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J Infect. 2009 Aug;59(2):134-8. doi: 10.1016/j.jinf.2009.06.002. Epub 2009 Jun 11.

A clinicopathological study of pulmonary mucormycosis in cancer patients: extensive angioinvasion but limited inflammatory response.

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Department of Infectious Diseases, Infection Control and Employee Health, The University of Texas M. D. Anderson Cancer Center, Houston, TX 77030, USA.



Pulmonary mucormycosis (PMM) is an emerging, frequently lethal fungal infection in immunosuppressed cancer patients. We sought to characterize the histopathologic features of PMM in this population.


We identified patients with PMM who underwent autopsy or lung biopsy between 1990 and 2007. Histopathology slides were blindly reviewed by a pathologist and findings were scored on standardized forms. Pathologic findings were correlated with demographic and clinical data abstracted from patient's medical records.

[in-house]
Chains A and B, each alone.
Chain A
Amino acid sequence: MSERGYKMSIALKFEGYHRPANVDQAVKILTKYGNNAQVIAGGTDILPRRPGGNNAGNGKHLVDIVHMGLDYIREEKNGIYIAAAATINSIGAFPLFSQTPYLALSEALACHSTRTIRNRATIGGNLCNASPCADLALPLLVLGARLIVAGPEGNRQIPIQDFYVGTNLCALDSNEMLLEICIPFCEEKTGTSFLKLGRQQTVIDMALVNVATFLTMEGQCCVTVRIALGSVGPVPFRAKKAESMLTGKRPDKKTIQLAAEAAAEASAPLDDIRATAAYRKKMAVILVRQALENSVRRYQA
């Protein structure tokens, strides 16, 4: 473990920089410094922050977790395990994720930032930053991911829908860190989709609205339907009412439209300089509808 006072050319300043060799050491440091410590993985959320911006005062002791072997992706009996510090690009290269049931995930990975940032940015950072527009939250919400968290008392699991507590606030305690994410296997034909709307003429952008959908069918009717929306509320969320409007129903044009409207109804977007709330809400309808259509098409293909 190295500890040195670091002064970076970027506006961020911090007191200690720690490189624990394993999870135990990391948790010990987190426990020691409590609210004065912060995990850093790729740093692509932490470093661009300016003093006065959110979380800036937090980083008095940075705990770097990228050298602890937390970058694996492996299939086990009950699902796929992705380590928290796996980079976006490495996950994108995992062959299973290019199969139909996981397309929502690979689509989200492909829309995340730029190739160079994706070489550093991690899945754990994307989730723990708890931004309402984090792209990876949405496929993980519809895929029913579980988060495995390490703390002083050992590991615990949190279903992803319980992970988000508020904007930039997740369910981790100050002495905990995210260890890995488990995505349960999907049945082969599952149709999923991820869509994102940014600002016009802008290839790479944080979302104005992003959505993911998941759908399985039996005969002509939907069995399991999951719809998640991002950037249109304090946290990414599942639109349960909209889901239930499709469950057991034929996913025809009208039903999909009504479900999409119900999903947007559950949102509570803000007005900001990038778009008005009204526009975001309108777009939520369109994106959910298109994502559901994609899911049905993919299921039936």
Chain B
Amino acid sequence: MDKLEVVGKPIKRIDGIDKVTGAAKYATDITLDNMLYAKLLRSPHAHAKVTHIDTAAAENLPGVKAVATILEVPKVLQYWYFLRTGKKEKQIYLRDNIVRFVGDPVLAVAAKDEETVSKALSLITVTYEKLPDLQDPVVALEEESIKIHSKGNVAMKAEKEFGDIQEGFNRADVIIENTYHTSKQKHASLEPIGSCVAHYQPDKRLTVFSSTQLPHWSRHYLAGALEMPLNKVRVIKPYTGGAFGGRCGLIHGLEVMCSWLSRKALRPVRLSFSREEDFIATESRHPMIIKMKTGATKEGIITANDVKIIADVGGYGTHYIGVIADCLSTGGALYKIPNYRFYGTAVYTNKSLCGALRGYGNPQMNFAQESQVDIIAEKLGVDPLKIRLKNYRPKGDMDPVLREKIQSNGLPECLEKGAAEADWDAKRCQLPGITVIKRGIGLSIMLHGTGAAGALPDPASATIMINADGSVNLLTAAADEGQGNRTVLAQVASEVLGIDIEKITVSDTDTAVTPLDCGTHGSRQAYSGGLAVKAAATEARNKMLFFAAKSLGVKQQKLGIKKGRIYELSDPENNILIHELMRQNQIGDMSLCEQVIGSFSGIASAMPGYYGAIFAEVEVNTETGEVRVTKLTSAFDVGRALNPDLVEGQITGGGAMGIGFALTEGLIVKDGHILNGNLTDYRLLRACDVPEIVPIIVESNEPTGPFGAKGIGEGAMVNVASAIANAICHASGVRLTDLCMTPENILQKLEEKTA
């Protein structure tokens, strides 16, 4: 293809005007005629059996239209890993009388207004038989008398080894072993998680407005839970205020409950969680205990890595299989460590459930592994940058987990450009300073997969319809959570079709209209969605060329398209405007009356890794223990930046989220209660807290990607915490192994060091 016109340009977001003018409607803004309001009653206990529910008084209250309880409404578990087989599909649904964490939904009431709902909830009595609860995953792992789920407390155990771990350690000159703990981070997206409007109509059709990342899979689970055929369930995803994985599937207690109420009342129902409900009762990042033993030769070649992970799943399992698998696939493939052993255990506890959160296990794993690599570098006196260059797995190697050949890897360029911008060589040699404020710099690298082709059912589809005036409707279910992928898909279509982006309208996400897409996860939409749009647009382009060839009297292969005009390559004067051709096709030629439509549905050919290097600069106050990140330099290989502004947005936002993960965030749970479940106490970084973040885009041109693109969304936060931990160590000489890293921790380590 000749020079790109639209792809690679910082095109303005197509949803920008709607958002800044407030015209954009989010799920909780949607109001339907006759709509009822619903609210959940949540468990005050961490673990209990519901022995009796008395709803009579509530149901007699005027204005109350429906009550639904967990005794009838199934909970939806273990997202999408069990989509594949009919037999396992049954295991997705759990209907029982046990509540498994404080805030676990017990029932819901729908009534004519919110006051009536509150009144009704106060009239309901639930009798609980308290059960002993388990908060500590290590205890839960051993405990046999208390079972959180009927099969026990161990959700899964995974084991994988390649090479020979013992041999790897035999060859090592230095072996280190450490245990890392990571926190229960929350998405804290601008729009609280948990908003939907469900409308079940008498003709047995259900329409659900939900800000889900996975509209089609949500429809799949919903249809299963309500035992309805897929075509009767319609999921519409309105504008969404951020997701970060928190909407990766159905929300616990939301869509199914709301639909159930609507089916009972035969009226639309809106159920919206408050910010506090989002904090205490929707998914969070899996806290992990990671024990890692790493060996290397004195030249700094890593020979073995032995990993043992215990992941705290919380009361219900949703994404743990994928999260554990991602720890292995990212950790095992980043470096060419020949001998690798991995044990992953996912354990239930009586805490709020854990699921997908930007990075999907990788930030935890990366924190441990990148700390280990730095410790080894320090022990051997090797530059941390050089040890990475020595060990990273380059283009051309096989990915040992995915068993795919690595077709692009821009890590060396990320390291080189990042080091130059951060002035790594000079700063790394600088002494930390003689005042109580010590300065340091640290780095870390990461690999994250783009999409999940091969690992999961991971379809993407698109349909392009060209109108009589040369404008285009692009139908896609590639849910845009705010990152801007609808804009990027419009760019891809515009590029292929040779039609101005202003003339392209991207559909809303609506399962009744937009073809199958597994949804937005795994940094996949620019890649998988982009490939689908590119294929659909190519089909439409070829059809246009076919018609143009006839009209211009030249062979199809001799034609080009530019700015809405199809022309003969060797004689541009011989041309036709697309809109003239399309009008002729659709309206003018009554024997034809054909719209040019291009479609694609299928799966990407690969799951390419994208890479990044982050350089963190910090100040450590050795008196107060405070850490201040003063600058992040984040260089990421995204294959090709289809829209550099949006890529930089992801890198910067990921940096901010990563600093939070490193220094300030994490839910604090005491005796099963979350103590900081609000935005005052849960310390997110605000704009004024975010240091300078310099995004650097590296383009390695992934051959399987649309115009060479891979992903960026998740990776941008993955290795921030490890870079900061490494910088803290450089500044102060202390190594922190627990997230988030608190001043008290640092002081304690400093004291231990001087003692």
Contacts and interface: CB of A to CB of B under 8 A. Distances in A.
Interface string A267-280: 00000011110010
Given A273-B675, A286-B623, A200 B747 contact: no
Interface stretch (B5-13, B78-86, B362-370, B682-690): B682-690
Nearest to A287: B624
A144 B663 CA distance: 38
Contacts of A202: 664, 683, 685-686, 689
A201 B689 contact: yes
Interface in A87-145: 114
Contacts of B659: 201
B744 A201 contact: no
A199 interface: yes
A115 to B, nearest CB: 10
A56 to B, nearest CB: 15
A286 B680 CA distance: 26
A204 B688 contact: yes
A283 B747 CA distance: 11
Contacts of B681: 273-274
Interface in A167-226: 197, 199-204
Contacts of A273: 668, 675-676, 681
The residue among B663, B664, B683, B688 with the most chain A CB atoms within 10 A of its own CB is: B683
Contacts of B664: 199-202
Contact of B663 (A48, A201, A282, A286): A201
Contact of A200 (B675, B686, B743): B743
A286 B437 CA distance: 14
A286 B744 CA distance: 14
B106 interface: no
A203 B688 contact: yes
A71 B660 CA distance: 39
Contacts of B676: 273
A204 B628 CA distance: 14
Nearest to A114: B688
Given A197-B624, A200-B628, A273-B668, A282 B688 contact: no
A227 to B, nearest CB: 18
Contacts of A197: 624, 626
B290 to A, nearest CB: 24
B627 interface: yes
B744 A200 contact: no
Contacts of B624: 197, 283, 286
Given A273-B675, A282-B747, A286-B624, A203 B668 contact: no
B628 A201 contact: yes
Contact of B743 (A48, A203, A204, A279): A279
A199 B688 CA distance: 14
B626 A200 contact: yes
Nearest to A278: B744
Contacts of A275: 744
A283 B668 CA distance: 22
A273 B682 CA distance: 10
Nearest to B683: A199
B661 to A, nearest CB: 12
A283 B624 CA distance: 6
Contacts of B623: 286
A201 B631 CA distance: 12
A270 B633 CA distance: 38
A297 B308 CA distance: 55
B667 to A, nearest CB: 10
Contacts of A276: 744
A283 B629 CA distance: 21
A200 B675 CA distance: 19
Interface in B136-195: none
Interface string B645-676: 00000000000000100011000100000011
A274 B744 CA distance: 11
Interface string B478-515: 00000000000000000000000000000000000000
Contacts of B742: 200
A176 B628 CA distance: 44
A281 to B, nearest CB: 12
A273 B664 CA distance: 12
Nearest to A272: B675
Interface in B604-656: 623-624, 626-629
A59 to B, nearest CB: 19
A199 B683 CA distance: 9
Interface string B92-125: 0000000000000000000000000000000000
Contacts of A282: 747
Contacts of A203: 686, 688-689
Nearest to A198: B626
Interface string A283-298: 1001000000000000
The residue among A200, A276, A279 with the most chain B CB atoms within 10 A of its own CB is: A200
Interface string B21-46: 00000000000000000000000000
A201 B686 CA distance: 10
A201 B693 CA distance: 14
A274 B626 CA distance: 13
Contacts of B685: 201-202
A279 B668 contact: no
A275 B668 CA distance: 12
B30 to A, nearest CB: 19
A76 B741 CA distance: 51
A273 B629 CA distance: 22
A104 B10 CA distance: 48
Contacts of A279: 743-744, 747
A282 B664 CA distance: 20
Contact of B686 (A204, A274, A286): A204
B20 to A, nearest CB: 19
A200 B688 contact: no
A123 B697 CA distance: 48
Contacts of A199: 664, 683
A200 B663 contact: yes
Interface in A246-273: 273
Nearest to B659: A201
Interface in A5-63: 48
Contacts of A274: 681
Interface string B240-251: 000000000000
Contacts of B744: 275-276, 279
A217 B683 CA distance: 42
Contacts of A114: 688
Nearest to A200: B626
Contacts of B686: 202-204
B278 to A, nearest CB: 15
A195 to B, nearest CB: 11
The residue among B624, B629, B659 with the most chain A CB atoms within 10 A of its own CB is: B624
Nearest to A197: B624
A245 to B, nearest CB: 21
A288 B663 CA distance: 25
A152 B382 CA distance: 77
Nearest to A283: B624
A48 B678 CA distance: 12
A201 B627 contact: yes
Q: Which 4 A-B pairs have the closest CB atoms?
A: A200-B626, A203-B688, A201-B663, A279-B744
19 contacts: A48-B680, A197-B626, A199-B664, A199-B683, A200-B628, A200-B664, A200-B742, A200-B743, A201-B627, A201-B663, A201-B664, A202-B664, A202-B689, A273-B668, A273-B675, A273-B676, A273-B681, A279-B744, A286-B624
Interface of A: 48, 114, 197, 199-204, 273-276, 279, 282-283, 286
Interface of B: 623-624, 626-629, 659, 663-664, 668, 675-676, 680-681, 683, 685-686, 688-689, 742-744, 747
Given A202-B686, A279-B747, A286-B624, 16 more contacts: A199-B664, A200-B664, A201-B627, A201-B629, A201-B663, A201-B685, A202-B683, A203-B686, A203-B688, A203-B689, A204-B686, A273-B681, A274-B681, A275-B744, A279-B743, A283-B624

Twenty patients with PMM were included in this study. Nineteen patients (95%) had hematologic malignancies. High frequencies of angioinvasion (100%), hemorrhagic infarction (90%), coagulative necrosis (85%), and intra-alveolar hemorrhage (85%) were observed, whereas inflammatory infiltrates were uncommon (30%). Neutropenic patients had more extensive angioinvasion compared with non-neutropenic patients (77% versus 29%, P=0.06). Allogeneic hematopoietic stem cell transplantation (HSCT) recipients, all of whom had graft-versus-host disease, had more inflammatory cell infiltration but less intra-alveolar hemorrhage than non-HSCT patients (67% versus 14%, P=0.04; 50% versus 100%, P=0.02, respectively).


PMM in immunocompromised cancer patients is characterized by extensive angioinvasion and coagulative necrosis. The different histopathologic features of PMM in neutropenic, non-neutropnic, and HSCT patients may reflect differences in the pathobiology of PMM in these populations.

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